According to the HIPAA Journal, individual employees most often violate HIPAA privacy rules when they access a record they have no legitimate reason to, such as looking up a neighbor, friend, or co-worker.
Another frequent violation is leaving a laptop, smartphone, or another device with access to PHI unattended or unsecured. The same is true for paper records and charts — all must remain under control and be carefully protected from unauthorized access.
Copying PHI onto a thumb drive or emailing it to a personal account is also a privacy violation, and could even be considered theft.
The most common HIPAA violation by healthcare employers is failing to conduct a regular risk assessment throughout the organization, to determine whether its PHI is vulnerable. While such analysis may be time consuming and expensive, not doing so places the organization and the people it serves at-risk for PHI to being improperly accessed, stolen, or misused.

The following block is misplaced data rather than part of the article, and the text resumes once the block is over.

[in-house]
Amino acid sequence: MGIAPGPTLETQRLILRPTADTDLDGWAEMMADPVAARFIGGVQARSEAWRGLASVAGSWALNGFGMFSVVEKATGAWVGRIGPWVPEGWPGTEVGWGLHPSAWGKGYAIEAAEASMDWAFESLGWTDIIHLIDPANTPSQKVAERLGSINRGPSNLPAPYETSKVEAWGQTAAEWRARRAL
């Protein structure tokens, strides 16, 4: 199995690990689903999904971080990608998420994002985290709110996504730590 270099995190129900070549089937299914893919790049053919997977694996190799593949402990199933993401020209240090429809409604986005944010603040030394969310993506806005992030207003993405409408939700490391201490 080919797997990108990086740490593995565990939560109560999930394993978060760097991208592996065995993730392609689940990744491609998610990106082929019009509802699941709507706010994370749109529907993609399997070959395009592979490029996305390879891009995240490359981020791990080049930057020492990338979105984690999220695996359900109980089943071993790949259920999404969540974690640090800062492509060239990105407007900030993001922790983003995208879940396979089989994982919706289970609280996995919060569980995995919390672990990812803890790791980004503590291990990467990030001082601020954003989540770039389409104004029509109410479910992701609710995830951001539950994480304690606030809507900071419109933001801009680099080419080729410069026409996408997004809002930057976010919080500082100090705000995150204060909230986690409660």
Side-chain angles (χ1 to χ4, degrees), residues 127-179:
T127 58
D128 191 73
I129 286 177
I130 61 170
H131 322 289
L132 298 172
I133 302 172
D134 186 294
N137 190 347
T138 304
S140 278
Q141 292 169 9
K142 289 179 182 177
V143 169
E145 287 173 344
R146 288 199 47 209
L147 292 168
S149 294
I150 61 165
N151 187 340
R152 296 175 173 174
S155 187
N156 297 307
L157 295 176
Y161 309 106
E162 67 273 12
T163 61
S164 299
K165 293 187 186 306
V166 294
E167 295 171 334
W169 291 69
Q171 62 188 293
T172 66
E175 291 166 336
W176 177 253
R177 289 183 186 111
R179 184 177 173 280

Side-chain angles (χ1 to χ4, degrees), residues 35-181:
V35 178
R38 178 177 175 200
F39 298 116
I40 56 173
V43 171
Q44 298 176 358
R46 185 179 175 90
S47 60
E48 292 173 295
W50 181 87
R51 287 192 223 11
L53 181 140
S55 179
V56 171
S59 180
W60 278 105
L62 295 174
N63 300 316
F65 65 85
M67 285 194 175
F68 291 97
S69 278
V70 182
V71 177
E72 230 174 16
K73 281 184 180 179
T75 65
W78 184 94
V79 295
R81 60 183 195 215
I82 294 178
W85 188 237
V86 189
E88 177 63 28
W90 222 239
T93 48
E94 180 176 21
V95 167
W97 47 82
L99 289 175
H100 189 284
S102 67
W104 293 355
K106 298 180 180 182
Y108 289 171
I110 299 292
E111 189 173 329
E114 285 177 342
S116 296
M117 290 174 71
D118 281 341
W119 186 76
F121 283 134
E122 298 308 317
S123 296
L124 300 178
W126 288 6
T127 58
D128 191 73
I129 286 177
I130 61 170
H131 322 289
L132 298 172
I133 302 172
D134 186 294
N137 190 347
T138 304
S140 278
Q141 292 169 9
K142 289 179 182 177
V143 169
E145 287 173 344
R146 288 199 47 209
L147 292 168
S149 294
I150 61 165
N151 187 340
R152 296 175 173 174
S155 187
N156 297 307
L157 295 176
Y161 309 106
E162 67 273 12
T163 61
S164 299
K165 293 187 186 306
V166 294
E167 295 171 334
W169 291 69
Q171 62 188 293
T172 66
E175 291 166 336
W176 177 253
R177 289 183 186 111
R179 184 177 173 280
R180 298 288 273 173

Q: Who undergoes HIPAA training at a hospital?
Just about anyone working in a healthcare setting is likely to encounter PHI in the course of their work. HIPAA training is included in all employee orientation programs and is an important part of the annual review for clinical staff of required skills and competencies.
Q: Who is exempt from the privacy provisions of HIPAA?
Anyone who does not handle PHI (create, receive, maintain, or transmit) is exempt from the privacy rules.
HIPAA Protects Everyone
Our relationship with our clinicians is based on trust. They trust us to provide them with accurate information that can guide our diagnosis and treatment. In turn, we trust them to use our personal information appropriately and protect it as carefully as anything else we value.